I know that its difficult for people to talk about this awful thing that’s happening in their heads. And it’s hard for others to hear what they have to say about it! But we have to be brave; be strong and talk about it. Bringing it out into the daylight is the only way to make it less scary, and to take away its power over us. Talk, talk, talk, talk, talk. And remember the souls who couldn’t fight it’s power anymore. It wasn’t their fault, they didn’t mean it or even want it, but they were overpowered. Remember that. They were fighting the battle and lost, through no fault of their own. Remember them. Talk about them. Share their story. There is someone out there that you can help if you talk about suicide.

Check out Conversations Matter for videos, fact sheets and resources for talking about suicide.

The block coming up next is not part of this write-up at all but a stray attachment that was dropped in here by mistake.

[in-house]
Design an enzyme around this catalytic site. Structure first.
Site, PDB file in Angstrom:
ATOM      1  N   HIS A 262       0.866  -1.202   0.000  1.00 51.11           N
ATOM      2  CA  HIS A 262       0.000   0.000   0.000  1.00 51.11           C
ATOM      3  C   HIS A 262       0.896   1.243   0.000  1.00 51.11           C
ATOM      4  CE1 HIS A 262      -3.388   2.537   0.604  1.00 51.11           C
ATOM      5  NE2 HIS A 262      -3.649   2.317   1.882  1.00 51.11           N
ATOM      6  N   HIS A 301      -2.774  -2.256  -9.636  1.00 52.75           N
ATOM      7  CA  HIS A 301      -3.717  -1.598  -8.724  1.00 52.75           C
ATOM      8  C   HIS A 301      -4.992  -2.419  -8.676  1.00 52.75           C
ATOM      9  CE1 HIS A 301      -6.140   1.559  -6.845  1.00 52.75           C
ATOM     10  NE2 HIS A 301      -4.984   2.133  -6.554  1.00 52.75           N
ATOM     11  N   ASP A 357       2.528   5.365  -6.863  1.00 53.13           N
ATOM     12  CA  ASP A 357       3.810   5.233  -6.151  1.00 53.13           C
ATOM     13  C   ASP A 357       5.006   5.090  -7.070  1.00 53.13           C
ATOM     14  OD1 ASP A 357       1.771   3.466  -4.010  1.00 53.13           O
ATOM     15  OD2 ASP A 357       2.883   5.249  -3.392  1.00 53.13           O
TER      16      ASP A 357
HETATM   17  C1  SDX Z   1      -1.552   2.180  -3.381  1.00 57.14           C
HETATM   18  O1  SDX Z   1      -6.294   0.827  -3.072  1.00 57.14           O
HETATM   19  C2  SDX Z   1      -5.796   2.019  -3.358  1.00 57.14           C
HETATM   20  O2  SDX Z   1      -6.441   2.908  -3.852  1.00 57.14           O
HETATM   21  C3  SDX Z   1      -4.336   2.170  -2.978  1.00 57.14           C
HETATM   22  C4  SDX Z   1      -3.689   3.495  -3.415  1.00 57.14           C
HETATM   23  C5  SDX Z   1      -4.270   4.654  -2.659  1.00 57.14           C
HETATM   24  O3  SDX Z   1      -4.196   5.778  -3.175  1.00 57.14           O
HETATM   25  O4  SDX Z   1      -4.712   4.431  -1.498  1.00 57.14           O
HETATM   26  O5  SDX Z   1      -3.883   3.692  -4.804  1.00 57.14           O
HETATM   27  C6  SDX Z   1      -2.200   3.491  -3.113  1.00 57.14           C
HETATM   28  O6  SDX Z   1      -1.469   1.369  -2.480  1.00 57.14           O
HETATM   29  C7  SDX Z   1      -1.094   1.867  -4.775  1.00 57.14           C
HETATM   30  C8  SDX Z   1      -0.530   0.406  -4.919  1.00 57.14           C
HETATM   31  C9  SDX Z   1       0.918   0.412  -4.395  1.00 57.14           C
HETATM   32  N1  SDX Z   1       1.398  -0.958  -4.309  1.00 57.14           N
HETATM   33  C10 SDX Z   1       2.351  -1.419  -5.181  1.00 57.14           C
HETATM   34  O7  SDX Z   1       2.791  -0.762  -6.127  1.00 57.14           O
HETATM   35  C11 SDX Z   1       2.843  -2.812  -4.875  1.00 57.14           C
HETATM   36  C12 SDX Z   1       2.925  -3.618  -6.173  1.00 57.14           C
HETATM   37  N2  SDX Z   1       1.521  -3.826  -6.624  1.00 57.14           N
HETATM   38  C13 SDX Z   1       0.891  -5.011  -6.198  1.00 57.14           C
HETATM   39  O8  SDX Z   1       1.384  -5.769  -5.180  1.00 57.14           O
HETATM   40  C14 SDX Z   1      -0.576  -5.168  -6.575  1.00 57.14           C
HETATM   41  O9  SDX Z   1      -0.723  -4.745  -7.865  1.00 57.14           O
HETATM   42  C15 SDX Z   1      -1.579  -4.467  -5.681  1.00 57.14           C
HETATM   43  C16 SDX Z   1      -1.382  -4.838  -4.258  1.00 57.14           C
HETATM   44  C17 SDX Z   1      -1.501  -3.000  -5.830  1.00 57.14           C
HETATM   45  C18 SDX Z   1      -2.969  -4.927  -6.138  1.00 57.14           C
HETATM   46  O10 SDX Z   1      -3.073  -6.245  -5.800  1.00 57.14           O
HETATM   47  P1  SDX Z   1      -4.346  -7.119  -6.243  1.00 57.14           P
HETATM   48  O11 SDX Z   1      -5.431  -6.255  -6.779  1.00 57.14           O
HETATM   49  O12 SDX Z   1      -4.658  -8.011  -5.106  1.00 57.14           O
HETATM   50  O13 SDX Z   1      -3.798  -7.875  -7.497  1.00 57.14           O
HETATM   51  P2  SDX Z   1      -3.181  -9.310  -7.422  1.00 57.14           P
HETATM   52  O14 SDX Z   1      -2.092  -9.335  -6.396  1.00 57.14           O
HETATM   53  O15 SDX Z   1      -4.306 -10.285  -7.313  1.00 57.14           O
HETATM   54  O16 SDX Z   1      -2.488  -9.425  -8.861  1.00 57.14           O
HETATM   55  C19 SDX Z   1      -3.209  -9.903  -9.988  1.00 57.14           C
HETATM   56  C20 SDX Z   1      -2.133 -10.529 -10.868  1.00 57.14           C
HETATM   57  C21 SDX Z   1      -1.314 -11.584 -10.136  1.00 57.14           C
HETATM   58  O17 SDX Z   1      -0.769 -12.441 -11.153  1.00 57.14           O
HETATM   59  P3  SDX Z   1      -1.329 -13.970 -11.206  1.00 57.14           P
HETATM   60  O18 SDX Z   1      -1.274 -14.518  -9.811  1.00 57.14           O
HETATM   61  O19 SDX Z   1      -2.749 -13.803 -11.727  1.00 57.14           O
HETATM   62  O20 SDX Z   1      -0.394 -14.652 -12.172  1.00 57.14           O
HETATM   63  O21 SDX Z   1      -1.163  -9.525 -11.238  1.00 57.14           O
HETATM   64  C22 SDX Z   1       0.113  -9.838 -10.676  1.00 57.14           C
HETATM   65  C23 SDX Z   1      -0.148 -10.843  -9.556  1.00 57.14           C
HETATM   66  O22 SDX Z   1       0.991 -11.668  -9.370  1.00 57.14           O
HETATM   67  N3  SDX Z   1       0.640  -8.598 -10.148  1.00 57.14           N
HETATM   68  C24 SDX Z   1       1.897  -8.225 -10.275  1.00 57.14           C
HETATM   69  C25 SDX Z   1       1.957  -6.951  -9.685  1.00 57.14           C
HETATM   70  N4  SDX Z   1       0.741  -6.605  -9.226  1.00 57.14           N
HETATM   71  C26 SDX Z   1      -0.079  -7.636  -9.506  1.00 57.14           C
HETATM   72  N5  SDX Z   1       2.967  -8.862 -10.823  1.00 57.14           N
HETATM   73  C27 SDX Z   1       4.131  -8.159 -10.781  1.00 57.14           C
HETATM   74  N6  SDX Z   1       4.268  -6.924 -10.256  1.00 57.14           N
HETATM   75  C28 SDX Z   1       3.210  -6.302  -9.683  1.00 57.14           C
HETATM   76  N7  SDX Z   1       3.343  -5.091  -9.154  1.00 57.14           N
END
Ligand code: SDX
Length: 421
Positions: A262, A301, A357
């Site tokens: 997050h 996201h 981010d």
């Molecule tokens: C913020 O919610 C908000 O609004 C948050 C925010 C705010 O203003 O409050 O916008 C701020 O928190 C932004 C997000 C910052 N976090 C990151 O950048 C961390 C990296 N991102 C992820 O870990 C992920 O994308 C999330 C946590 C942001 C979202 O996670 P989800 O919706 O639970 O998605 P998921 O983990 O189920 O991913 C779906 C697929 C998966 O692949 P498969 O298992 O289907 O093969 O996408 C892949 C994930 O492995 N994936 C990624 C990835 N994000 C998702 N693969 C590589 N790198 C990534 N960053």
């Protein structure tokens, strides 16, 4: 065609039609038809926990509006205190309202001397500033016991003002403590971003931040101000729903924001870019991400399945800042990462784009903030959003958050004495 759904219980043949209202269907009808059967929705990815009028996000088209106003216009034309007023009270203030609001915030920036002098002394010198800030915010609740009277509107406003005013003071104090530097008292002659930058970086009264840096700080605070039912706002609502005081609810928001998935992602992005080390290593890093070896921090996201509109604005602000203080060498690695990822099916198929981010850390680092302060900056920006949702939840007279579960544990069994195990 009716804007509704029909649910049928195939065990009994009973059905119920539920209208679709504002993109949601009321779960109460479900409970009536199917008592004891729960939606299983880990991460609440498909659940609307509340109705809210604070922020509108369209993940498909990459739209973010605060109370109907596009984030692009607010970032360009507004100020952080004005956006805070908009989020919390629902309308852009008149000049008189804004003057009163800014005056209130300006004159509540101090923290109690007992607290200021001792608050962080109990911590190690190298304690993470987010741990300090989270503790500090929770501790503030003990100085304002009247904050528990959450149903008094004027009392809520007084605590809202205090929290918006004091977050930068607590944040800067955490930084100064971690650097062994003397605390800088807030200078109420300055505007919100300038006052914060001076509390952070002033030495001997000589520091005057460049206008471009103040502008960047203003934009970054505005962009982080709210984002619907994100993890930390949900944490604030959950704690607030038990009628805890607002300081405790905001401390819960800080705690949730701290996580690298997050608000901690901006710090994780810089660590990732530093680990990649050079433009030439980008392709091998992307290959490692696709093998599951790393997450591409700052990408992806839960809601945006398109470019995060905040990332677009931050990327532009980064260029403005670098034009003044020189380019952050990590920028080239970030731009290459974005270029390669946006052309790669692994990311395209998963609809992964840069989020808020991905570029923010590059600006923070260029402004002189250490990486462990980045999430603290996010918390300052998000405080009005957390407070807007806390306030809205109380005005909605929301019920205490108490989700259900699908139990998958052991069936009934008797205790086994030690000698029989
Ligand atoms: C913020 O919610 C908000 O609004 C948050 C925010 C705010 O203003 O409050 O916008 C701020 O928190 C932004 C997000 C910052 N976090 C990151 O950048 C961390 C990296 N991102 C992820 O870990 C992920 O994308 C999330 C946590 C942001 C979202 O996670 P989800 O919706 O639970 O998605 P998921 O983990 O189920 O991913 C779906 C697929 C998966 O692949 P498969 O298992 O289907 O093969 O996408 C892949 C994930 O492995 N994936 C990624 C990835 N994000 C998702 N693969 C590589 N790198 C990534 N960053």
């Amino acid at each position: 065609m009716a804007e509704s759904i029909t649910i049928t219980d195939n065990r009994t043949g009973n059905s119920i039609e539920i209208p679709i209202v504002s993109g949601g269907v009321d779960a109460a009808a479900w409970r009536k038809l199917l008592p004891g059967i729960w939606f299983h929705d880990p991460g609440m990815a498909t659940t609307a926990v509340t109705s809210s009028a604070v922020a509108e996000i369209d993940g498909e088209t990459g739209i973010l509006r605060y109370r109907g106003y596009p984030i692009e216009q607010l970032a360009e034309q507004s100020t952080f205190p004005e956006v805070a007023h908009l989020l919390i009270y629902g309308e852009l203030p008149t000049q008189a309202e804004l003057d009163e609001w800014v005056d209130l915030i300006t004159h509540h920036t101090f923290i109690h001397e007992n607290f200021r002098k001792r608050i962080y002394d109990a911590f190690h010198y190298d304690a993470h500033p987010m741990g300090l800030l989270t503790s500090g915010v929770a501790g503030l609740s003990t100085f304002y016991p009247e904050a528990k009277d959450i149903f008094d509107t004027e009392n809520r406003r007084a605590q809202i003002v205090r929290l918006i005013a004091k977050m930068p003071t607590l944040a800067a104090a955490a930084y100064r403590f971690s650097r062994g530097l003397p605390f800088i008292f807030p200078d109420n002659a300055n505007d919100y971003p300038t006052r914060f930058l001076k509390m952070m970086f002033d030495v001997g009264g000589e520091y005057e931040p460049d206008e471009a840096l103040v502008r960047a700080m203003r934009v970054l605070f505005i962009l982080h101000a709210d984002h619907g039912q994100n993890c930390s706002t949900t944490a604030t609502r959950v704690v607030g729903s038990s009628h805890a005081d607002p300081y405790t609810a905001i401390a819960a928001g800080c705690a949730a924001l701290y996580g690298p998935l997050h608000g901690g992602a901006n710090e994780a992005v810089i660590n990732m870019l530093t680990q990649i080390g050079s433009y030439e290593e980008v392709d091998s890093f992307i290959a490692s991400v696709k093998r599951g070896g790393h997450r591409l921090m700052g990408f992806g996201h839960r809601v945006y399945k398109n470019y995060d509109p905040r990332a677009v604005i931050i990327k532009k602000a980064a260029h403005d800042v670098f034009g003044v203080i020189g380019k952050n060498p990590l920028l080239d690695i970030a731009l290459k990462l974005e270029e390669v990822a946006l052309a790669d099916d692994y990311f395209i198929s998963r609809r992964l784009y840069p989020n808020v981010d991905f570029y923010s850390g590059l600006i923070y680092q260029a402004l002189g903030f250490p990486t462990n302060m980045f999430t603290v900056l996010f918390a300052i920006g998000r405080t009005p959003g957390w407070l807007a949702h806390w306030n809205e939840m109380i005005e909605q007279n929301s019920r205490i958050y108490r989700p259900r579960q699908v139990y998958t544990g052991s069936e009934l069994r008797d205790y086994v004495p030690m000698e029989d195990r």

Use one of the umpteen helpline services that are available in this country. You don’t have to have a mental illness to call. You can call to talk about a friend, someone you knew who died, or just to learn more about mental health. So many people are reluctant to call, so go ahead and buck the trend! Call! Ask questions, learn things, talk to someone on the end of the line anonymously before you talk to a friend. Whatever you do, do something to improve awareness of suicide and prevent it occurring again.

beyondblue 1300 22 4636

SANE 1800 18 7263

Lifeline 13 11 14 (crisis support and suicide prevention service)

Suicide Call Back Service 1300 659 467 (free service for people who are suicidal, caring for someone who is suicidal, bereaved by suicide)

Kids Help Line 1800 55 1800 (5 to 25 years old)

Victorian State Suicide Help Line 1300 651 251

Mensline 1300 78 9978

Veterans and veterans families counselling service 1800 011 046

Qlife 1800 184 527 (lesbian, gay, bisexual, transgender and intersex communities)

Carers Australia 1800 242 636

Many more helpful phone numbers and web sites can be found at Mental Health Commission’s Get help page